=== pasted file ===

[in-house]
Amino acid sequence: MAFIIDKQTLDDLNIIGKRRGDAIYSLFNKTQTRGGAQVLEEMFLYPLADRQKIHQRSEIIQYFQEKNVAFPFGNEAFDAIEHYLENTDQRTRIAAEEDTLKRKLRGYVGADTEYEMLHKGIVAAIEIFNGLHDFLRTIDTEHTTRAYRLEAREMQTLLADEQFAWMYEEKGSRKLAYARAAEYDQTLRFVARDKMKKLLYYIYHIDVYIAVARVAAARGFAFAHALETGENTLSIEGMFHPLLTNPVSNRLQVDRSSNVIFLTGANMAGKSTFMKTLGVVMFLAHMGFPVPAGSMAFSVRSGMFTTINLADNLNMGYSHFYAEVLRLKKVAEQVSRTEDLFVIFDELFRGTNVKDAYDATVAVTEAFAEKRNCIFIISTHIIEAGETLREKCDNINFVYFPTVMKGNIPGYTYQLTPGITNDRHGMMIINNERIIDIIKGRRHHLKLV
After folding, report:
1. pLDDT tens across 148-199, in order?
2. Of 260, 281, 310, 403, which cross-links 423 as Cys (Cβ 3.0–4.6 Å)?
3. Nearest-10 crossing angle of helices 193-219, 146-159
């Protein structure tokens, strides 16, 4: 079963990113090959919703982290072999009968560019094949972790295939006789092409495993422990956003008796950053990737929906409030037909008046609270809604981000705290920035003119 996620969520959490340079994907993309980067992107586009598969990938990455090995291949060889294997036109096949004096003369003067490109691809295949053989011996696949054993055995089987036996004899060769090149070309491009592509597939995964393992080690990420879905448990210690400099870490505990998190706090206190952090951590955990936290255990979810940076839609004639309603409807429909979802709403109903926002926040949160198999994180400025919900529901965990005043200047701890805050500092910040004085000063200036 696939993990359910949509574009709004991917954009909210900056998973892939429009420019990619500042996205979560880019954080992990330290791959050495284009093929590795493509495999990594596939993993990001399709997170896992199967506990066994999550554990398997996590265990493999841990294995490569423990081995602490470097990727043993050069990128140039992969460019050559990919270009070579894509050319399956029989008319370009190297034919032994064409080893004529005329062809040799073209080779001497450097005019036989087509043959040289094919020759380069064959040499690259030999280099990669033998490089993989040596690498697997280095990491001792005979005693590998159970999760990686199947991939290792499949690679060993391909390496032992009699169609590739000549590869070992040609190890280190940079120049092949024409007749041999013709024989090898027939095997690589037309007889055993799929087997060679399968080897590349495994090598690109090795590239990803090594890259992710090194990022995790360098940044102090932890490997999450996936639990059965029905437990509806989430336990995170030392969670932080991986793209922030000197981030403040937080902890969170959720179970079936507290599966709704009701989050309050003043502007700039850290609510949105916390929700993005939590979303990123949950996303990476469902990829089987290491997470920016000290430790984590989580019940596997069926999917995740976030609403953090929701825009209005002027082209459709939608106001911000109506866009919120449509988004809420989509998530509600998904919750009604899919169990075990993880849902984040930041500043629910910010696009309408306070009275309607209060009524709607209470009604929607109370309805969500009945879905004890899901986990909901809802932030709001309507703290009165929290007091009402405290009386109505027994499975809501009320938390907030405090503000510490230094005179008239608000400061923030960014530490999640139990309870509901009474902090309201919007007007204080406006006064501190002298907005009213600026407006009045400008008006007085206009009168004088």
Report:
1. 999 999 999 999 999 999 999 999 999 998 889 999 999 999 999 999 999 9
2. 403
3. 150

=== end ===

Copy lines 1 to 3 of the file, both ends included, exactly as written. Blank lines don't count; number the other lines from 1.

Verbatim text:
[in-house]
Amino acid sequence: MAFIIDKQTLDDLNIIGKRRGDAIYSLFNKTQTRGGAQVLEEMFLYPLADRQKIHQRSEIIQYFQEKNVAFPFGNEAFDAIEHYLENTDQRTRIAAEEDTLKRKLRGYVGADTEYEMLHKGIVAAIEIFNGLHDFLRTIDTEHTTRAYRLEAREMQTLLADEQFAWMYEEKGSRKLAYARAAEYDQTLRFVARDKMKKLLYYIYHIDVYIAVARVAAARGFAFAHALETGENTLSIEGMFHPLLTNPVSNRLQVDRSSNVIFLTGANMAGKSTFMKTLGVVMFLAHMGFPVPAGSMAFSVRSGMFTTINLADNLNMGYSHFYAEVLRLKKVAEQVSRTEDLFVIFDELFRGTNVKDAYDATVAVTEAFAEKRNCIFIISTHIIEAGETLREKCDNINFVYFPTVMKGNIPGYTYQLTPGITNDRHGMMIINNERIIDIIKGRRHHLKLV
After folding, report: